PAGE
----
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Ferrets Seized

post #1 of 6
Thread Starter 
This happened on Monday, September 10. What do you guys think of this? Does anyone think that a city has the right to have zoning laws regarding pets? If someone is a homeowner, and if they are capable of taking care of all of the animals, don't they have the right to have as many pets as they wish?

A Layton woman who said she was running a sanctuary for ferrets in her condominium had 224 of the animals seized last week by Davis County authorities. Animal control officers found cages stacked floor-to-ceiling in each room of Jean Morrison's residence. Officers took the ferrets to an undisclosed location where Morrison said she was helping care for them. Morrison was left with six ferrets, the maximum number of pets allowed per household in Layton. Morrison said she has had as many as 500 ferrets. What started as an effort by her to rescue or adopt ferrets in need turned into "more than one person could ever do," said DeAnne Hess, the county's animal-control director. No charges have been filed against Morrison, who said she had been operating a sanctuary for ferrets and reptiles at her condo since 1985. County and city officials were considering possible zoning or health-code citations.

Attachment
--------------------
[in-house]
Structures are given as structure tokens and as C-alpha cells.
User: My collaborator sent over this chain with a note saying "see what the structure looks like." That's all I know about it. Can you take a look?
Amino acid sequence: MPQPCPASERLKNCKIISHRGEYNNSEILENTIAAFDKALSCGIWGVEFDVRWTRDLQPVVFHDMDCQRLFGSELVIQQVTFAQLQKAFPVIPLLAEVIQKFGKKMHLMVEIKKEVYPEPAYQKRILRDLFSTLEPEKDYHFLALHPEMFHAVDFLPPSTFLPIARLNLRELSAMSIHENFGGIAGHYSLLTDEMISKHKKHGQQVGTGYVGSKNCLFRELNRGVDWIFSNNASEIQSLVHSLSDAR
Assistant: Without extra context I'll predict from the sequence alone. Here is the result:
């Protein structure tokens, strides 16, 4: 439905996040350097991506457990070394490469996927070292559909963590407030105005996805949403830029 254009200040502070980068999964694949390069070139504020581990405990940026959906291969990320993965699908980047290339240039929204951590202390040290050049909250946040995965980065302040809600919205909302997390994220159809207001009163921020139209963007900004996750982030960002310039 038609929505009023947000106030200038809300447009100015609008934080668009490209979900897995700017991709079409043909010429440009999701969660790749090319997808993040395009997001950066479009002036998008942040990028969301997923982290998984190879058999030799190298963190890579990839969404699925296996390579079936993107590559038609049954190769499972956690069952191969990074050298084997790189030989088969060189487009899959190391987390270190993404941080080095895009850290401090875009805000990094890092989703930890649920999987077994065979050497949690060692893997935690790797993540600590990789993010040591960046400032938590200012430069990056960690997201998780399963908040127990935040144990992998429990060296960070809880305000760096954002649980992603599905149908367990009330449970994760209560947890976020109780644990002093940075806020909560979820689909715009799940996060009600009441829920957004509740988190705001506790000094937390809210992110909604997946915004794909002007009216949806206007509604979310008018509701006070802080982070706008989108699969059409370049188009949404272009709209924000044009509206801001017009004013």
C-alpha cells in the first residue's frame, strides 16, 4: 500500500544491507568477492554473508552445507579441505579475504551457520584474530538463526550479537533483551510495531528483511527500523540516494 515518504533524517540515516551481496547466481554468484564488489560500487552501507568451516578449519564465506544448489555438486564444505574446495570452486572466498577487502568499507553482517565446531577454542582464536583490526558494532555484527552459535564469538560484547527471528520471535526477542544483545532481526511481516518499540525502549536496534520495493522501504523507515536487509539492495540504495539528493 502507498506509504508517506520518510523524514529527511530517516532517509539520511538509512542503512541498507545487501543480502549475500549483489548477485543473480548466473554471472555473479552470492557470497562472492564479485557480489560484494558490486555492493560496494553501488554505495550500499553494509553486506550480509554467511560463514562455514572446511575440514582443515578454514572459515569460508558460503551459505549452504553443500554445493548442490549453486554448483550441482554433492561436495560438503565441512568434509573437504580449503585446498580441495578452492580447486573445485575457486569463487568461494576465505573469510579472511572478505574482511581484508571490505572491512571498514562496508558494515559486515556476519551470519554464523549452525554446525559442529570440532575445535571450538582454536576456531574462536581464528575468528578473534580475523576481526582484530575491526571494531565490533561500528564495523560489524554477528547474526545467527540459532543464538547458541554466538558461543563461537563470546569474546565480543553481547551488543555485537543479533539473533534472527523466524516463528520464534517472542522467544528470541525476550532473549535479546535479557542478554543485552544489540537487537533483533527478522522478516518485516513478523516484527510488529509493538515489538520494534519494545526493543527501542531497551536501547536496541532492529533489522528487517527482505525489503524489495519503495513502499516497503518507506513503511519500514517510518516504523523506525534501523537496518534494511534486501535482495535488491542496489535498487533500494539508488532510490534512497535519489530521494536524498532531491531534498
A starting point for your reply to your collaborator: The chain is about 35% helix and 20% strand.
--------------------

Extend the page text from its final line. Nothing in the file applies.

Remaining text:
post #2 of 6
In my opinion, one person can't care for 224 ferrets, and be able to give them the love and attention they deserve. with 24 hours in day, that means each ferret would get 10 minutes of quality one on one time, if she never went to bed, the bathroom, had meals, only played with the ferrets. I don't personally think she should be allowed to have 224 ferrets.
post #3 of 6
I agree with AP.
post #4 of 6
I agree with AP, too.

Either she doesn't have the time to care for them or she is a ferret farm (breeder, fur, whatever) in which case the zoning is different. Or she has that hoarding disorder and needs treatment.

Besides, if there weren't some kind of law about it, you'd get people keeping chickens or goats in apartments and that isn't healthy or sanitary. Not to mention exotics like large cats or monkeys.

The problem is, no matter how reasonable and civilized you yourself are, you can't rely on other people to be the same. That's how we get those personal conduct laws.
post #5 of 6
I completely agree. How can anyone care properly for 224 of anything?? And like Sunlion said, people would start having animals that are not "proper" for house pets.
I have to say that I think the city or town should have SOME control over what you have for a pet ( obviously in moderation ).
post #6 of 6
Having had to care for four ferrets at one time, it was not a simple matter of putting them in a cage and basically ignoring them. They really need a lot of attention, they need to run (they are wild animals after all) they love water and would routinely dump their water bowls over and then do the same with their food! In order to give these 224 ferrets the proper care, this lady would need over 150 volunteers to help her, and still that would NOT be enough! Plus, they smell and though not as bad as skunks, they can get pretty musky! I was so relieved when I found good homes for all four of them, and I think my neighbor was too, because the cage was right under his bedroom window with a fence to seperate us of course. But the woman really needs some mental health counseling. That is to much!
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